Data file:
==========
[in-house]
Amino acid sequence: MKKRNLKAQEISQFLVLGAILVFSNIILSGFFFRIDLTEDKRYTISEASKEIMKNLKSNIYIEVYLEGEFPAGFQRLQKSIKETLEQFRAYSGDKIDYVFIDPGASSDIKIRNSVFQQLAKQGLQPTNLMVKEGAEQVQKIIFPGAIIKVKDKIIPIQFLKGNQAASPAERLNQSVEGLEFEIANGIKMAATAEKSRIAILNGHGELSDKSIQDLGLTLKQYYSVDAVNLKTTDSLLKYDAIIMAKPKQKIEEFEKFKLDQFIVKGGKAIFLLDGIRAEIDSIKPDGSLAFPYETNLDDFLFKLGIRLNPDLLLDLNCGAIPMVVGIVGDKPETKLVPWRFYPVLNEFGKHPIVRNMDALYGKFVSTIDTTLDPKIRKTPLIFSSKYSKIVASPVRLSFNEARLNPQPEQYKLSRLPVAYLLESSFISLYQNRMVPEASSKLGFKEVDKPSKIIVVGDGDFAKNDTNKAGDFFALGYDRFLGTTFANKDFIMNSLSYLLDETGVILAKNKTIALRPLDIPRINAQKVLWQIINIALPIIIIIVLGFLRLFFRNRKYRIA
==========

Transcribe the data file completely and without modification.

[in-house]
Amino acid sequence: MKKRNLKAQEISQFLVLGAILVFSNIILSGFFFRIDLTEDKRYTISEASKEIMKNLKSNIYIEVYLEGEFPAGFQRLQKSIKETLEQFRAYSGDKIDYVFIDPGASSDIKIRNSVFQQLAKQGLQPTNLMVKEGAEQVQKIIFPGAIIKVKDKIIPIQFLKGNQAASPAERLNQSVEGLEFEIANGIKMAATAEKSRIAILNGHGELSDKSIQDLGLTLKQYYSVDAVNLKTTDSLLKYDAIIMAKPKQKIEEFEKFKLDQFIVKGGKAIFLLDGIRAEIDSIKPDGSLAFPYETNLDDFLFKLGIRLNPDLLLDLNCGAIPMVVGIVGDKPETKLVPWRFYPVLNEFGKHPIVRNMDALYGKFVSTIDTTLDPKIRKTPLIFSSKYSKIVASPVRLSFNEARLNPQPEQYKLSRLPVAYLLESSFISLYQNRMVPEASSKLGFKEVDKPSKIIVVGDGDFAKNDTNKAGDFFALGYDRFLGTTFANKDFIMNSLSYLLDETGVILAKNKTIALRPLDIPRINAQKVLWQIINIALPIIIIIVLGFLRLFFRNRKYRIA